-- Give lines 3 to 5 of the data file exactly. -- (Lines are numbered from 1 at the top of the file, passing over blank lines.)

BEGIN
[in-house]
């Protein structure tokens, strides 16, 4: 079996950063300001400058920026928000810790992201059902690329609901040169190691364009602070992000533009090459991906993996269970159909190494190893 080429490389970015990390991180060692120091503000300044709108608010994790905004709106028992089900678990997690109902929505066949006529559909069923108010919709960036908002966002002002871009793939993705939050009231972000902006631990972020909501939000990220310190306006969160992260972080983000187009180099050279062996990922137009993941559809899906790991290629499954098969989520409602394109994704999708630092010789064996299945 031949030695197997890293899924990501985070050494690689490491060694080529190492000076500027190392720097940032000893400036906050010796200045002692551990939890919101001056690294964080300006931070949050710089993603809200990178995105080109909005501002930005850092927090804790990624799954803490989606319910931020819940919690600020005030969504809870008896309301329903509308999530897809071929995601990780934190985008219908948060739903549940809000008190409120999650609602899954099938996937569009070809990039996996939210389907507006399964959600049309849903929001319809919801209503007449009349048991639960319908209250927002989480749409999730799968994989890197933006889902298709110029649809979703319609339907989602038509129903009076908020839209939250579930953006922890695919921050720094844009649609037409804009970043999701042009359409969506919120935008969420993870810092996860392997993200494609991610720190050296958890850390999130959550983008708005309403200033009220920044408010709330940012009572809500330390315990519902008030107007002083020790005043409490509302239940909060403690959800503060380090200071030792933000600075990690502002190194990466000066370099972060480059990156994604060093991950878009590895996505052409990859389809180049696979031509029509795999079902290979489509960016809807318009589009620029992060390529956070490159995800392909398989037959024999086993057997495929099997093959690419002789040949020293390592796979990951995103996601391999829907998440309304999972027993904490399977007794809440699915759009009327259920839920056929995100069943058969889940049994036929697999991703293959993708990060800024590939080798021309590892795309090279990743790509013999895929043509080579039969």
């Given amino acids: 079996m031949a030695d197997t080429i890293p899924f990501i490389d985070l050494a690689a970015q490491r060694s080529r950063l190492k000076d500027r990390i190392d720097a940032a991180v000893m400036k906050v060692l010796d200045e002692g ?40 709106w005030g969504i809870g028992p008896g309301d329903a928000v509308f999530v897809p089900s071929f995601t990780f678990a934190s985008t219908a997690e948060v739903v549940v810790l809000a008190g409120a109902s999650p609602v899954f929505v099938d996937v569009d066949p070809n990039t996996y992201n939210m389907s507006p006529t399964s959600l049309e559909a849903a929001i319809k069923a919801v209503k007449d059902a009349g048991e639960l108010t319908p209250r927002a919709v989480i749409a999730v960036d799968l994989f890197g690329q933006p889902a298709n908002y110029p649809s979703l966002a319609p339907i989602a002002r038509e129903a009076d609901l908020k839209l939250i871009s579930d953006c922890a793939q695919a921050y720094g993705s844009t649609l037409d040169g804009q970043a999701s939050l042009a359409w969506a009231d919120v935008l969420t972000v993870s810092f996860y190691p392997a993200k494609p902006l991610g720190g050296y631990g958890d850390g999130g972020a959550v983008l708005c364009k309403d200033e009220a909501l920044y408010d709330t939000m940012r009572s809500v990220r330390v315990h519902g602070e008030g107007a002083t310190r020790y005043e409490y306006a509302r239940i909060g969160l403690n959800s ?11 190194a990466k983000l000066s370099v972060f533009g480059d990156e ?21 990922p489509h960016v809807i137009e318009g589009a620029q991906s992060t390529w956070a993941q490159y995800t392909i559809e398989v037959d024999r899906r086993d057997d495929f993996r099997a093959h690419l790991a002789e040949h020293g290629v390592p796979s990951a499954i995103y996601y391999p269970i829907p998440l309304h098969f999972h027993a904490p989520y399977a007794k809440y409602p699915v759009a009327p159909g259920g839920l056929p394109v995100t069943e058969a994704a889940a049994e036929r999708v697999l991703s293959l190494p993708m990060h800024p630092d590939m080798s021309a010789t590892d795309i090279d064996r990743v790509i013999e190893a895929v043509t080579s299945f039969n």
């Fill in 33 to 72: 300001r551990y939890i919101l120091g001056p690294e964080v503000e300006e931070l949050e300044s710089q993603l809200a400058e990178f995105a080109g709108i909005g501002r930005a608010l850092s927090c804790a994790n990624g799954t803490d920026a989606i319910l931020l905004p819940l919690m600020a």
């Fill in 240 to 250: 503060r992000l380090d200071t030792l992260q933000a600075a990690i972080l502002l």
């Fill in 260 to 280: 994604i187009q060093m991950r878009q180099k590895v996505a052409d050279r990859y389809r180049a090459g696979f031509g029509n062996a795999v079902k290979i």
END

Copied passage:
């Given amino acids: 079996m031949a030695d197997t080429i890293p899924f990501i490389d985070l050494a690689a970015q490491r060694s080529r950063l190492k000076d500027r990390i190392d720097a940032a991180v000893m400036k906050v060692l010796d200045e002692g ?40 709106w005030g969504i809870g028992p008896g309301d329903a928000v509308f999530v897809p089900s071929f995601t990780f678990a934190s985008t219908a997690e948060v739903v549940v810790l809000a008190g409120a109902s999650p609602v899954f929505v099938d996937v569009d066949p070809n990039t996996y992201n939210m389907s507006p006529t399964s959600l049309e559909a849903a929001i319809k069923a919801v209503k007449d059902a009349g048991e639960l108010t319908p209250r927002a919709v989480i749409a999730v960036d799968l994989f890197g690329q933006p889902a298709n908002y110029p649809s979703l966002a319609p339907i989602a002002r038509e129903a009076d609901l908020k839209l939250i871009s579930d953006c922890a793939q695919a921050y720094g993705s844009t649609l037409d040169g804009q970043a999701s939050l042009a359409w969506a009231d919120v935008l969420t972000v993870s810092f996860y190691p392997a993200k494609p902006l991610g720190g050296y631990g958890d850390g999130g972020a959550v983008l708005c364009k309403d200033e009220a909501l920044y408010d709330t939000m940012r009572s809500v990220r330390v315990h519902g602070e008030g107007a002083t310190r020790y005043e409490y306006a509302r239940i909060g969160l403690n959800s ?11 190194a990466k983000l000066s370099v972060f533009g480059d990156e ?21 990922p489509h960016v809807i137009e318009g589009a620029q991906s992060t390529w956070a993941q490159y995800t392909i559809e398989v037959d024999r899906r086993d057997d495929f993996r099997a093959h690419l790991a002789e040949h020293g290629v390592p796979s990951a499954i995103y996601y391999p269970i829907p998440l309304h098969f999972h027993a904490p989520y399977a007794k809440y409602p699915v759009a009327p159909g259920g839920l056929p394109v995100t069943e058969a994704a889940a049994e036929r999708v697999l991703s293959l190494p993708m990060h800024p630092d590939m080798s021309a010789t590892d795309i090279d064996r990743v790509i013999e190893a895929v043509t080579s299945f039969n």
């Fill in 33 to 72: 300001r551990y939890i919101l120091g001056p690294e964080v503000e300006e931070l949050e300044s710089q993603l809200a400058e990178f995105a080109g709108i909005g501002r930005a608010l850092s927090c804790a994790n990624g799954t803490d920026a989606i319910l931020l905004p819940l919690m600020a």
């Fill in 240 to 250: 503060r992000l380090d200071t030792l992260q933000a600075a990690i972080l502002l």